US Pro/Am Dance Championships

Larinda McRaven

Site Moderator
Staff member
#42
If one registers as a "pro" at this event (or any really).... and then tries to dance amateur anywhere else... it will come back to haunt you as you try to protest your innocence when someone challenges why you are trying to pass yourself off as an am when obviously you register and compete as a pro.

It just doesn't make sense to flip flop.
 
Last edited:

Larinda McRaven

Site Moderator
Staff member
#43
The thing about competition like this is that there is a market for everyone. And obviously LOTS of people... students, teachers, studios... love this event, and Cathy.
 

nikkitta

Well-Known Member
#44
"registered with the US government as the official United States Pro/Am ballroom dance championships"

uh, OK. So? (and why is it listed as occurring in BARCELONA SPAIN in August then?)
 

Hedwaite

Well-Known Member
#45
Valid point and thanks for not being preemptively admonitory and judgmental (I'm sure we all live with some pretty awkward mistakes and bad alliances that we wish we could strike from the past...) of my morbid curiosity and questioning (why don't they just do like every other small comp though, and have an am bracket too? and how can you NOT wonder when you see a site layout from 199Lame?), but in the end, the whole website and the way they assume that any teacher coming across it was interested in immediately pimping themselves out for moneymoneymoney to the point of looking ridiculously comical and desperate was a sufficiently discouraging factor.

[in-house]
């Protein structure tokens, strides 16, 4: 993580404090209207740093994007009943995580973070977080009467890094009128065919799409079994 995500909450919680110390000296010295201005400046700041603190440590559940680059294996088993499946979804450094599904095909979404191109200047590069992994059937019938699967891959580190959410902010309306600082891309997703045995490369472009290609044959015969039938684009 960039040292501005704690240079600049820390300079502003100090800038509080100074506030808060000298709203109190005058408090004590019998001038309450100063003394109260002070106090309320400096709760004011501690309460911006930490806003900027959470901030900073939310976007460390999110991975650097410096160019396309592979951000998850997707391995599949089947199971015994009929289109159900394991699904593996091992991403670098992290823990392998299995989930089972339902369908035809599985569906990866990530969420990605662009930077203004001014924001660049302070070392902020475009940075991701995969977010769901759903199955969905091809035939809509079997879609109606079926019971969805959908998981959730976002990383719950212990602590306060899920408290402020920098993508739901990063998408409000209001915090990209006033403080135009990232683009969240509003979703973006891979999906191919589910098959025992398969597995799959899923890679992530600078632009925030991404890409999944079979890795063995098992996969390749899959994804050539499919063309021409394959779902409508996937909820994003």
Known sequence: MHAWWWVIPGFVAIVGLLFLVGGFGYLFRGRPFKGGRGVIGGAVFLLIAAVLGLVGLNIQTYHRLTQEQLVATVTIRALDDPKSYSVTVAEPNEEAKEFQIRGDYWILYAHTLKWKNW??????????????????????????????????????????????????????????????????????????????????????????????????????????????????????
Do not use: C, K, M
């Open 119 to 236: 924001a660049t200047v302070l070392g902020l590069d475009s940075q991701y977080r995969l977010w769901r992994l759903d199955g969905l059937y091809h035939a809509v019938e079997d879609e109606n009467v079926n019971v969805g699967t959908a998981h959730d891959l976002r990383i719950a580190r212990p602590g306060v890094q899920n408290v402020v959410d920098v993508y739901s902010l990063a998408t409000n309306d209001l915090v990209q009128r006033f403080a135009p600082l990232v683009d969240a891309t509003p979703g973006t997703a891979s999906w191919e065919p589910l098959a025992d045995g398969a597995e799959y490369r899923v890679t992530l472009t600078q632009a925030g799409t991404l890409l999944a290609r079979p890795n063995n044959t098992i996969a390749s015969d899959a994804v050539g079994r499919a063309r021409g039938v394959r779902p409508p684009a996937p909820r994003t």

(edited for structure slash clarity)
 
Last edited:

FancyFeet

Well-Known Member
#49
That website gave me 15 enjoyably wasted minutes. Good times.

And wow. As a pro-amer, I now have absolutely zero desire to go to that... except maybe as a spectator, for the sheer entertainment value!
 
#50
The Mixed Social Ease category actually sounds pretty awesome. Make it an am/am event and I would totally do it. :)
What is Social Ease?
The Social Ease Category is "Dancing in the Real World." It means dancing on small, crowded dance floors, with music which is not necessarily strict tempo. Dancing at the studio with your own instructor is easy and comfortable, but when we enter the "real" dance world, things change. We find inconsiderate waiters making their way through the dance floor with food/drinks. Drunk people staggering about, people smoking, talking loudly on their cell phones, and so many other distractions which can make dancing so much more difficult. In the Social Ease category, the student is graded on their ability to lead/follow amid all this confusion. Their posture and footwork should remain neat. The ability to understand rhythm and timing is of utmost importance. The idea of this particular competition phase is to still look good and have fun without lots of tricky or fancy steps in a real world situation. The Social Ease category is one of most popular dance categories we have ever presented. Not only is it a wonderful learning and educational experience, it's a great way to win scholarships, teacher bonuses AND have fun! In the Regular Social Ease, the student dances with their own instructor and receives a $50. 1st place scholarship. In the MIXED Social Ease category, the student dances with someone other than their regular teacher and receives $25. Scholarship for 1st place and a $25. teacher bonus for the instructor.